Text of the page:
Natural Health Health Is It Safe to Shorten an Antibiotic Course?

Is It Safe to Shorten an Antibiotic Course?

Antibiotics are powerful medications that help fight off infections which are caused by bacterial infection. They are not recommended for treating viral infections such as coughs, flu, and cold. Antibiotics are controlled medicines because they could have risky side effects and, over time, can cause a bacterium to become resistant to antibiotics.

The powerful effect of antibiotics is strong enough to slow down bacterial growth or destroy the bacteria. Typically, the body’s antibodies have the power to combat the growth of bacteria that can cause symptoms of infection. But sometimes, the body’s immune system is down, or the presence of bacteria is excessive, which causes the immune system to lose in the fight. At times like this, the doctor will usually prescribe antibiotics to help ward off the infection.

Antibiotic Course

The first antibiotic in the world was penicillin, and it’s been widely used since 1943. Penicillin-based drugs have been with us for several years. Modern types of antibiotics are in the market today, but just like in the past, patients can only get them with a prescription. The medicine is available in various forms – tablet, capsule, liquid, and topical ointments and creams. With a prescription from your GP, you can buy antibiotics online from registered pharmacies around the UK.

Past issues with antibiotics

People who suffered from bacterial infections would remember that doctors require them to finish their full course of antibiotics. This means that if their prescription is for one week at a dosage of three times a day, they have to finish the full prescription, even if they are already feeling better. The explanation is that this will prevent the infection from recurring or the return of the bacteria. Another reason is that the bacterium may become resistant to the prescribed antibiotic if the patient does not finish the course.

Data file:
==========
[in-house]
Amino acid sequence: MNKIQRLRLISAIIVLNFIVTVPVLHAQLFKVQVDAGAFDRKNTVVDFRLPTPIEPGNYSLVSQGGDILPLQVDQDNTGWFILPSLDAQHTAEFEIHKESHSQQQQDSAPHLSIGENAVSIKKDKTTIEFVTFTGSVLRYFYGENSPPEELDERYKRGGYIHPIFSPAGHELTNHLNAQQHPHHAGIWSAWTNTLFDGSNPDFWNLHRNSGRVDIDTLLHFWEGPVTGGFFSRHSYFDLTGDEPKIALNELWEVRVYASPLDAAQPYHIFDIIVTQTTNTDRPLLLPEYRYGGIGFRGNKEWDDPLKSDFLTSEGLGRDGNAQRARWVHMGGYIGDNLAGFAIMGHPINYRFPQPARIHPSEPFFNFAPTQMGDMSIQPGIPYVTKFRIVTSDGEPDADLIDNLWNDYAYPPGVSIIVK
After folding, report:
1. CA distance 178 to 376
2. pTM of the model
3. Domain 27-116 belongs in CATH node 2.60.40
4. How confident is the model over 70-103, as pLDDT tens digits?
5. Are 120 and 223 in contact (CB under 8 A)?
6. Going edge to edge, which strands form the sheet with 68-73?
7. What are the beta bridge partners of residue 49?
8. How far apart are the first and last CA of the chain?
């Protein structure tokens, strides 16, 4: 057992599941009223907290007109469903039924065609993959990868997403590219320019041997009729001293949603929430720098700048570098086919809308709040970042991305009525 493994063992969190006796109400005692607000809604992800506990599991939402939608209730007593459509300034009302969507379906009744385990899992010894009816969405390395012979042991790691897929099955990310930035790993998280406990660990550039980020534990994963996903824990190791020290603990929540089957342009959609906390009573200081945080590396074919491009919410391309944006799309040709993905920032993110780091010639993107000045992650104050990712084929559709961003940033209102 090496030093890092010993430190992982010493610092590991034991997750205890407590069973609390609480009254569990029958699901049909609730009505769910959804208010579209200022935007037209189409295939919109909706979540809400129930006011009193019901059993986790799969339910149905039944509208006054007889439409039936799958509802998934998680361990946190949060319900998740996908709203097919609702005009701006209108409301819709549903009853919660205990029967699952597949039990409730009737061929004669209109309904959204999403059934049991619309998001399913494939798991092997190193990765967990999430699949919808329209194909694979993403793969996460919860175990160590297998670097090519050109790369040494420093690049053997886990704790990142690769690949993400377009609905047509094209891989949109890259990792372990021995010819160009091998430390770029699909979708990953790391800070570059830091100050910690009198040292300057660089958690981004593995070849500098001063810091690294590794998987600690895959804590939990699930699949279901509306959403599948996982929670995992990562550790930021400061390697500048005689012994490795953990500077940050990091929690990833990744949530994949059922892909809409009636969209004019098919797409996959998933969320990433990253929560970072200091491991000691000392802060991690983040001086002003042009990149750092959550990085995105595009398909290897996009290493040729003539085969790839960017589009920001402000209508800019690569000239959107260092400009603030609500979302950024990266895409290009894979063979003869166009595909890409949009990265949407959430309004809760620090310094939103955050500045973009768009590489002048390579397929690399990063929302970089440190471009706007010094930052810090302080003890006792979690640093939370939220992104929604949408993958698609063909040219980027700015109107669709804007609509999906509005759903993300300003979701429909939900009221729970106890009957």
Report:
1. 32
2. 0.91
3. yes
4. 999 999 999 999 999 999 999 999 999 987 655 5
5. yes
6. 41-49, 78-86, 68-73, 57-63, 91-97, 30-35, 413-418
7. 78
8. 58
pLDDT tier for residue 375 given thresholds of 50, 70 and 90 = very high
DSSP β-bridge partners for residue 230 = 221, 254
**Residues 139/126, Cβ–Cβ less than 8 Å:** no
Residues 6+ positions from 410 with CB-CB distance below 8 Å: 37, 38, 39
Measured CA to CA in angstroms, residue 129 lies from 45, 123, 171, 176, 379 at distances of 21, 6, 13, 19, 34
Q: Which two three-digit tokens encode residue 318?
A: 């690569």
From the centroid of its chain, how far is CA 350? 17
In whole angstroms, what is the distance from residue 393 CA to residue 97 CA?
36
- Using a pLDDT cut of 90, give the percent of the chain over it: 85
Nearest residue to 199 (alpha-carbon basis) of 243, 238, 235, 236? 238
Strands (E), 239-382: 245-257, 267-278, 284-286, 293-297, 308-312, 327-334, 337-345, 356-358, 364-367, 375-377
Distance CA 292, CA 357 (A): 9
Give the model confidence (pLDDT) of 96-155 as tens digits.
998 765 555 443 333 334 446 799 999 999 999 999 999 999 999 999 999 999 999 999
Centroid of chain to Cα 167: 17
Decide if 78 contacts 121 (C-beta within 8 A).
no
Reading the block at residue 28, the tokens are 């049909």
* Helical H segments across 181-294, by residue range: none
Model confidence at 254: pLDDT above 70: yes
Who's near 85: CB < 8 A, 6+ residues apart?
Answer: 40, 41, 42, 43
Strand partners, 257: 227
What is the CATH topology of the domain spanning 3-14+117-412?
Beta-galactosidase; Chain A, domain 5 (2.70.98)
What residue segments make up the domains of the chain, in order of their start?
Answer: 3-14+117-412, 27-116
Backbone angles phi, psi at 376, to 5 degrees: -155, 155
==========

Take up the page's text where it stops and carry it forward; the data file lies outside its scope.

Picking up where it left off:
What is antibiotic resistance?

Antibiotic resistance occurs when the bacteria or fungi develop the ability to fight the drugs that were designed to destroy them. The belief is that when the bacteria become resistant to certain drugs, the difficulty in treating the particular infection increases. In some cases, it would be impossible to treat them.

Do you still need to take the full antibiotic course today?

Several institutions in the UK, such as the University of Southampton, the University of Oxford and the Brighton and Sussex Medical School recently published a review in the British Medical Journal.

The narrative review discusses the possibility that a shorter antibiotic course may be as effective as the usual course of five to seven days for adults. The review says that a shorter course may be effective for some cases. The researchers also argue that the possibility of antibiotic resistance may increase when a patient finishes the recommended course.

The researchers believe that there is a limited number of research to suggest that the longer treatment period is effective and that a shorter course will make that antibiotic treatment fail. They also say that some patients respond to treatment better than others and the response of patients to antibiotics differs as well.

Experts do believe that it is time to look closer into the antibiotic prescribing practices and make some changes. However, until the changes become official, it is better to follow the advice of your doctor.

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